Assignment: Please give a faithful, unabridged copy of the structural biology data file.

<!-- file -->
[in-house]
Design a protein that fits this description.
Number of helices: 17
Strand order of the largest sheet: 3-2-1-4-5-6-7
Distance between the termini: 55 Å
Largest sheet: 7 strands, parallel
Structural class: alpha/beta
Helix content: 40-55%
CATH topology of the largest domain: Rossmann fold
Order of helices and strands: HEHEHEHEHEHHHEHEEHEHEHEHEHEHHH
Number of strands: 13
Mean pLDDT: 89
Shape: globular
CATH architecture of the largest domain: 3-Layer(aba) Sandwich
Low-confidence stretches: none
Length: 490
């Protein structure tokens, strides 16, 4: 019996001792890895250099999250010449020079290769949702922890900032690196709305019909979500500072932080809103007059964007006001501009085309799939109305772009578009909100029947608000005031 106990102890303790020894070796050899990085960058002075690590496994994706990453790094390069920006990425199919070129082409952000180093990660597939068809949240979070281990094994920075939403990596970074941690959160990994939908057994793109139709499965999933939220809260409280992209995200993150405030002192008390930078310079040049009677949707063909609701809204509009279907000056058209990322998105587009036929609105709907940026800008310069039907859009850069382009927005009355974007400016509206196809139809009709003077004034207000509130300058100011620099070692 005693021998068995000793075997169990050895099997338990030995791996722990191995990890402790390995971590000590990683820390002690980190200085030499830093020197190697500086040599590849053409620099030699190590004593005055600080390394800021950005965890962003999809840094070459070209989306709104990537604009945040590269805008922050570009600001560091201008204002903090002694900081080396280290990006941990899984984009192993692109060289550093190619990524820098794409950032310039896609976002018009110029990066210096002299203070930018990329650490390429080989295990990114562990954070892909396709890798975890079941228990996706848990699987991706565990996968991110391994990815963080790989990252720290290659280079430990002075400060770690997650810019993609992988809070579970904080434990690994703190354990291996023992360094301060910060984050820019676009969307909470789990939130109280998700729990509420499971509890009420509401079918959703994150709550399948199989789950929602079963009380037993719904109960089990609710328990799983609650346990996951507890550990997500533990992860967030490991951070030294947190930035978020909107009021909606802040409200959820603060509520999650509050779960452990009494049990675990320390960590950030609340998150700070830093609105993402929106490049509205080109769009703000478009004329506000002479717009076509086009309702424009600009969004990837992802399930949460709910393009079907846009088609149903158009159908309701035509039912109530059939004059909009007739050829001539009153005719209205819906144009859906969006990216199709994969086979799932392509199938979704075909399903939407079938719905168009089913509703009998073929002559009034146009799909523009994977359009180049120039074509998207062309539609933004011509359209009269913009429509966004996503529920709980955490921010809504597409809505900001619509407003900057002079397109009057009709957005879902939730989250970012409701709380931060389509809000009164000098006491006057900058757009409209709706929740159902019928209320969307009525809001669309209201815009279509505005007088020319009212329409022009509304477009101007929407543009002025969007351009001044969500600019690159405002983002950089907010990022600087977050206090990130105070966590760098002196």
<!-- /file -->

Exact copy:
[in-house]
Design a protein that fits this description.
Number of helices: 17
Strand order of the largest sheet: 3-2-1-4-5-6-7
Distance between the termini: 55 Å
Largest sheet: 7 strands, parallel
Structural class: alpha/beta
Helix content: 40-55%
CATH topology of the largest domain: Rossmann fold
Order of helices and strands: HEHEHEHEHEHHHEHEEHEHEHEHEHEHHH
Number of strands: 13
Mean pLDDT: 89
Shape: globular
CATH architecture of the largest domain: 3-Layer(aba) Sandwich
Low-confidence stretches: none
Length: 490
């Protein structure tokens, strides 16, 4: 019996001792890895250099999250010449020079290769949702922890900032690196709305019909979500500072932080809103007059964007006001501009085309799939109305772009578009909100029947608000005031 106990102890303790020894070796050899990085960058002075690590496994994706990453790094390069920006990425199919070129082409952000180093990660597939068809949240979070281990094994920075939403990596970074941690959160990994939908057994793109139709499965999933939220809260409280992209995200993150405030002192008390930078310079040049009677949707063909609701809204509009279907000056058209990322998105587009036929609105709907940026800008310069039907859009850069382009927005009355974007400016509206196809139809009709003077004034207000509130300058100011620099070692 005693021998068995000793075997169990050895099997338990030995791996722990191995990890402790390995971590000590990683820390002690980190200085030499830093020197190697500086040599590849053409620099030699190590004593005055600080390394800021950005965890962003999809840094070459070209989306709104990537604009945040590269805008922050570009600001560091201008204002903090002694900081080396280290990006941990899984984009192993692109060289550093190619990524820098794409950032310039896609976002018009110029990066210096002299203070930018990329650490390429080989295990990114562990954070892909396709890798975890079941228990996706848990699987991706565990996968991110391994990815963080790989990252720290290659280079430990002075400060770690997650810019993609992988809070579970904080434990690994703190354990291996023992360094301060910060984050820019676009969307909470789990939130109280998700729990509420499971509890009420509401079918959703994150709550399948199989789950929602079963009380037993719904109960089990609710328990799983609650346990996951507890550990997500533990992860967030490991951070030294947190930035978020909107009021909606802040409200959820603060509520999650509050779960452990009494049990675990320390960590950030609340998150700070830093609105993402929106490049509205080109769009703000478009004329506000002479717009076509086009309702424009600009969004990837992802399930949460709910393009079907846009088609149903158009159908309701035509039912109530059939004059909009007739050829001539009153005719209205819906144009859906969006990216199709994969086979799932392509199938979704075909399903939407079938719905168009089913509703009998073929002559009034146009799909523009994977359009180049120039074509998207062309539609933004011509359209009269913009429509966004996503529920709980955490921010809504597409809505900001619509407003900057002079397109009057009709957005879902939730989250970012409701709380931060389509809000009164000098006491006057900058757009409209709706929740159902019928209320969307009525809001669309209201815009279509505005007088020319009212329409022009509304477009101007929407543009002025969007351009001044969500600019690159405002983002950089907010990022600087977050206090990130105070966590760098002196």